Among the many very early settlers at Indian Old Fields were Captain Benjamin Combs and his brothers, Cuthbert and Joseph; General Marquis Calmes and son, William; and Ben Berry. They were from Berkeley County, Virginia. They had started out to find the Licking Trail and got lost. After arguing over which route to take, they climbed Pilot Knob to get their bearings. When they looked down on the beautiful level country below, they decided to settle on the Indian Old Fields plain. They took pre-emptions on the land in 1775, and when the first court was held at Boonesborough, they were given deeds to their land.

The amazing Combs brothers were fearless hunters. Captain Ben Combs once took a bear cub up on his horse with him. He held on, even though the mother bear was running right after him.

In 1778 Captain Ben and son, William, were hunting when the Indians, on their way to attack Strode's Station, shot William's horse from under him. Both escaped.

When more white people began to settle in Indian Old Fields country, Captain Ben did not want to live there anymore and moved two miles below Boonesborough, where he established Combs' Ferry.

The World Book Encyclopedia has this to say about the Shawnees:

"The Shawnee Indians lived in the eastern forests of the U. S. and spoke the Algonkian language. They split into many groups with villages in Ohio, West Virginia, Pennsylvania, and Tennessee.

"In the middle of the 1700s, they fought for 40 years against the white settlers in these states and were the most hostile in the area. In 1774 the Shawnees were defeated at the Battle of Point Pleasant, thus ending Lord Dunmore's War.

"After this, many Shawnees moved west of the Mississippi. Those who stayed included Tecumseh and his brother, called the "Shawnee Prophet." The brothers tried to unite all Indians against the whites, but were defeated by William Henry Harrison at the Battle of Tippecanoe in 1811. Then the tribe disbanded."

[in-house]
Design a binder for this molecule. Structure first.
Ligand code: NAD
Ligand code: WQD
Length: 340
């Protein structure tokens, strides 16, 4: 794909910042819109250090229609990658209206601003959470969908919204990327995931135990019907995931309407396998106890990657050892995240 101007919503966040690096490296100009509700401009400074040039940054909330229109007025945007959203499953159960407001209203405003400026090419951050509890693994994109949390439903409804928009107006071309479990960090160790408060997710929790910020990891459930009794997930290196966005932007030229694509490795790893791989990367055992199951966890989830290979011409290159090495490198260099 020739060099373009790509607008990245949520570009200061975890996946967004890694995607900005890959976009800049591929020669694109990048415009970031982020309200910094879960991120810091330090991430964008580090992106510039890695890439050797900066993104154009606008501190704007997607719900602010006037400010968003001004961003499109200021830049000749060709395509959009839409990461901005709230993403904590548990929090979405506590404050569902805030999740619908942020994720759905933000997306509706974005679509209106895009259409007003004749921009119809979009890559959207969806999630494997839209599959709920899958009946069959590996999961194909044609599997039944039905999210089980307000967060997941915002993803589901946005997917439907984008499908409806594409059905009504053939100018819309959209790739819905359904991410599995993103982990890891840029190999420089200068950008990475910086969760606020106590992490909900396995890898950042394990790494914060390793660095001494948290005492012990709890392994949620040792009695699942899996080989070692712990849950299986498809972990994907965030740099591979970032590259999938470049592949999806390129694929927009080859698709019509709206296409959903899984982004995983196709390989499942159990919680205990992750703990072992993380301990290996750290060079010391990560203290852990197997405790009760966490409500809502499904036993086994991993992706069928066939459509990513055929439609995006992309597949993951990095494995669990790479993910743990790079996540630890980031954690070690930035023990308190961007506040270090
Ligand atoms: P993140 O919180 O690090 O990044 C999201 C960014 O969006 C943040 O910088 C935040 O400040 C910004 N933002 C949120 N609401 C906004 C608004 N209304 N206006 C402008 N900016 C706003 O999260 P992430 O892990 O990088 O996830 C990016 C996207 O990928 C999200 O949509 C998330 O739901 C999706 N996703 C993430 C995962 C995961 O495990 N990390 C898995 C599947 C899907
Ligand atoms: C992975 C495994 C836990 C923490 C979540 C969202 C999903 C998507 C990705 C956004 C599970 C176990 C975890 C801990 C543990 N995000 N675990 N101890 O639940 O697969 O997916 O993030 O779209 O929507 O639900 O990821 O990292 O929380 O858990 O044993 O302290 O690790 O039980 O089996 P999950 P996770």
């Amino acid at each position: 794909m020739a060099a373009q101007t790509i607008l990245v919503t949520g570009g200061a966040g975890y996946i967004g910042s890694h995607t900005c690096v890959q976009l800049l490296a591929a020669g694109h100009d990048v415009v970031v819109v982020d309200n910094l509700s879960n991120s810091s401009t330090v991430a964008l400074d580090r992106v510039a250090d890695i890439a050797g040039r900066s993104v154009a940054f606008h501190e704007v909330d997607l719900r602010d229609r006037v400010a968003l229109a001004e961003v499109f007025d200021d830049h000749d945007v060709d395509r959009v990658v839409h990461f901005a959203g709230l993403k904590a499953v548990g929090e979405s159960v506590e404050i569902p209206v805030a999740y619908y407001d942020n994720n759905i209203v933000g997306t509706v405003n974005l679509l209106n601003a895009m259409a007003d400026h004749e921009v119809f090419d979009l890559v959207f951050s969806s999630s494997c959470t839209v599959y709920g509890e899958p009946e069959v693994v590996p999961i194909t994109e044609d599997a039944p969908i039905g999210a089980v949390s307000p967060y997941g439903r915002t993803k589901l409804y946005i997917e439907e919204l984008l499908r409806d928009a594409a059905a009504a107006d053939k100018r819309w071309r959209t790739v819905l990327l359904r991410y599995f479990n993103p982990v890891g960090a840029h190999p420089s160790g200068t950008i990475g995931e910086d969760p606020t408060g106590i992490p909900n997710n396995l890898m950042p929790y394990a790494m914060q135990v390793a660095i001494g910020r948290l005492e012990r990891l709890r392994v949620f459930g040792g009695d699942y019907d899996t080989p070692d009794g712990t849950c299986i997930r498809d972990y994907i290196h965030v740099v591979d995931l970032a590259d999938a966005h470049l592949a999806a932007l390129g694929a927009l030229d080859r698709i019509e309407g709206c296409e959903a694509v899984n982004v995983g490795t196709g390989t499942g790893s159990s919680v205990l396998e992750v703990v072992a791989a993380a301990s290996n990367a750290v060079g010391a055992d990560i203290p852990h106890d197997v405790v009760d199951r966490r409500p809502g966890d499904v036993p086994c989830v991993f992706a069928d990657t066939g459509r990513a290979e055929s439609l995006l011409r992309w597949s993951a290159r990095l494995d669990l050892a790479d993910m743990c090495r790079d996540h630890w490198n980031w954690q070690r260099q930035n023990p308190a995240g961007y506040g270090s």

Another place in World Book states the Shawnees were driven out of Pennsylvania by the Iroquois, after which they split up and wandered for 200 years. They finally reunited in Ohio, under Tecumseh.

Compton's Encyclopedia says the earliest known locality of the Shawnee Indians was Kentucky. Some moved to Georgia before 1681; others to Pennsylvania, Indiana, and Missouri in the 18th century.

Christopher Gist listed Eskippakithiki on his map in 1751.

You must see these two points of interest in Clark County, Kentucky. To find Pilot Knob, exit the Mountain Parkway to Old KY-15 at the Clay City exit. Drive west toward Winchester to the first overpass road going over the parkway (a right turn). This road is marked (dimly) with a history marker. Drive straight to the end of the road, where signs will instruct you where to hike to the top of Pilot Knob.

Drive back to Old KY-15 and continue toward Winchester, until you come to Kiddville Road (another right turn). On this road you will see Indian Fields, the site of Eskippakithiki.

If you desire to read more about Indian Old Fields and Clark County history, continue into Winchester to the public library, a beautiful, modern building. You will find helpful librarians, who will direct you to the history/genealogy room.


1. Bedford, A. Goff, The Proud Land, History of Kentucky, Vol. II, Dr. A. Goff Bedford, 4680 Thomas Station Road, Mt. Sterling, KY 40353, 1983.

2. Bedford, A. Goff, Land of Our Fathers, History of Clark County, Dr. A. Goff Bedford, 4680 Thomas Station Road, Mt. Sterling, KY 40353, 1958.

3. A folder at Winchester Public Library in the Genealogy/History Room has many articles. Some that were labeled: Clarke, Mrs. Lucille Goff, article; Conkwright, Bessie Taul, Indian Old Field, February 13, 1922; Goff, Rev. John, Early County History, Indian Old Fields, about April 7, 1907; Smith, Bob, Early Adventurers Brought Back Tales From The Border.

Patsy Woodring, P. O. Box 2, Vancleve, KY 41385, shares this story with our readers.